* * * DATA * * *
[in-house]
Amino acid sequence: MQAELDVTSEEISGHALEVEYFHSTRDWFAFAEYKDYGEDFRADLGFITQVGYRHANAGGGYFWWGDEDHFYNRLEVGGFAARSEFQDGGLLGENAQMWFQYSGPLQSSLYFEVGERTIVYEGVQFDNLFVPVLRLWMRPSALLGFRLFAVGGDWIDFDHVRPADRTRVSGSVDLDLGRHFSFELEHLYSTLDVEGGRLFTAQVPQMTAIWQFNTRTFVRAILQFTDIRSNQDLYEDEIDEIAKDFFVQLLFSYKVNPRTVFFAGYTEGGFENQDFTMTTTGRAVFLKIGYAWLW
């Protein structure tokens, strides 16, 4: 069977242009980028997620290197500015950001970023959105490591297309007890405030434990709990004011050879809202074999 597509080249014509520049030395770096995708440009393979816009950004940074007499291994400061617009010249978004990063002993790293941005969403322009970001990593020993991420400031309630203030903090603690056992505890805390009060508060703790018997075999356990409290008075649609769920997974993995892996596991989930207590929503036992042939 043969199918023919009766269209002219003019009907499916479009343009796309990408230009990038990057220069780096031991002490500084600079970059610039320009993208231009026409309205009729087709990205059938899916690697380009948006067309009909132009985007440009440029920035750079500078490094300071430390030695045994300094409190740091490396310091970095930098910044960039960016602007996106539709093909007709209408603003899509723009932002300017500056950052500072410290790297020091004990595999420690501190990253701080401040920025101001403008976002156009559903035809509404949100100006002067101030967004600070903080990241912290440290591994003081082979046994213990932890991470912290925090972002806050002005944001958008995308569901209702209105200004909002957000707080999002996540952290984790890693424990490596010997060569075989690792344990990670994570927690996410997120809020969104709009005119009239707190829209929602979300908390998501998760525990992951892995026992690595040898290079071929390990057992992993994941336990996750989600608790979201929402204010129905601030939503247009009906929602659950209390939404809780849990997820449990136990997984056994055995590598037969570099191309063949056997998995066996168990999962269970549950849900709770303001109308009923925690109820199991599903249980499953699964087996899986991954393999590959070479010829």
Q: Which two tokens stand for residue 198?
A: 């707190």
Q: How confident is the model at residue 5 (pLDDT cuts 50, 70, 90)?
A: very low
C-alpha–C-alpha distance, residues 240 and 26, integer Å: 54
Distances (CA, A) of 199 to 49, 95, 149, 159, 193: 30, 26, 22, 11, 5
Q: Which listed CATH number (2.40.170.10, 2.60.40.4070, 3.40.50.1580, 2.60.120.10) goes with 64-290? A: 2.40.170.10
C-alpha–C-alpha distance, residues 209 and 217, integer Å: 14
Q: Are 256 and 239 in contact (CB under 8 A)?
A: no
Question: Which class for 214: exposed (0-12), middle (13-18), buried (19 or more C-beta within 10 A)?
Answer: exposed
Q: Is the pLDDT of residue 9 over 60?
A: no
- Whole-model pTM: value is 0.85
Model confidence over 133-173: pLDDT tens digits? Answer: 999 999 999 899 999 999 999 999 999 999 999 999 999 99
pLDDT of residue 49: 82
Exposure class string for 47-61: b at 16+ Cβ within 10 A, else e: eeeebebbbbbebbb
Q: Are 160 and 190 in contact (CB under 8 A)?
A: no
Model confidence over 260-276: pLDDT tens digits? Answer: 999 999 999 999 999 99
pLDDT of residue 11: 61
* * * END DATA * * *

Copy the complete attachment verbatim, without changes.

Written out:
[in-house]
Amino acid sequence: MQAELDVTSEEISGHALEVEYFHSTRDWFAFAEYKDYGEDFRADLGFITQVGYRHANAGGGYFWWGDEDHFYNRLEVGGFAARSEFQDGGLLGENAQMWFQYSGPLQSSLYFEVGERTIVYEGVQFDNLFVPVLRLWMRPSALLGFRLFAVGGDWIDFDHVRPADRTRVSGSVDLDLGRHFSFELEHLYSTLDVEGGRLFTAQVPQMTAIWQFNTRTFVRAILQFTDIRSNQDLYEDEIDEIAKDFFVQLLFSYKVNPRTVFFAGYTEGGFENQDFTMTTTGRAVFLKIGYAWLW
């Protein structure tokens, strides 16, 4: 069977242009980028997620290197500015950001970023959105490591297309007890405030434990709990004011050879809202074999 597509080249014509520049030395770096995708440009393979816009950004940074007499291994400061617009010249978004990063002993790293941005969403322009970001990593020993991420400031309630203030903090603690056992505890805390009060508060703790018997075999356990409290008075649609769920997974993995892996596991989930207590929503036992042939 043969199918023919009766269209002219003019009907499916479009343009796309990408230009990038990057220069780096031991002490500084600079970059610039320009993208231009026409309205009729087709990205059938899916690697380009948006067309009909132009985007440009440029920035750079500078490094300071430390030695045994300094409190740091490396310091970095930098910044960039960016602007996106539709093909007709209408603003899509723009932002300017500056950052500072410290790297020091004990595999420690501190990253701080401040920025101001403008976002156009559903035809509404949100100006002067101030967004600070903080990241912290440290591994003081082979046994213990932890991470912290925090972002806050002005944001958008995308569901209702209105200004909002957000707080999002996540952290984790890693424990490596010997060569075989690792344990990670994570927690996410997120809020969104709009005119009239707190829209929602979300908390998501998760525990992951892995026992690595040898290079071929390990057992992993994941336990996750989600608790979201929402204010129905601030939503247009009906929602659950209390939404809780849990997820449990136990997984056994055995590598037969570099191309063949056997998995066996168990999962269970549950849900709770303001109308009923925690109820199991599903249980499953699964087996899986991954393999590959070479010829």
Q: Which two tokens stand for residue 198?
A: 């707190």
Q: How confident is the model at residue 5 (pLDDT cuts 50, 70, 90)?
A: very low
C-alpha–C-alpha distance, residues 240 and 26, integer Å: 54
Distances (CA, A) of 199 to 49, 95, 149, 159, 193: 30, 26, 22, 11, 5
Q: Which listed CATH number (2.40.170.10, 2.60.40.4070, 3.40.50.1580, 2.60.120.10) goes with 64-290? A: 2.40.170.10
C-alpha–C-alpha distance, residues 209 and 217, integer Å: 14
Q: Are 256 and 239 in contact (CB under 8 A)?
A: no
Question: Which class for 214: exposed (0-12), middle (13-18), buried (19 or more C-beta within 10 A)?
Answer: exposed
Q: Is the pLDDT of residue 9 over 60?
A: no
- Whole-model pTM: value is 0.85
Model confidence over 133-173: pLDDT tens digits? Answer: 999 999 999 899 999 999 999 999 999 999 999 999 999 99
pLDDT of residue 49: 82
Exposure class string for 47-61: b at 16+ Cβ within 10 A, else e: eeeebebbbbbebbb
Q: Are 160 and 190 in contact (CB under 8 A)?
A: no
Model confidence over 260-276: pLDDT tens digits? Answer: 999 999 999 999 999 99
pLDDT of residue 11: 61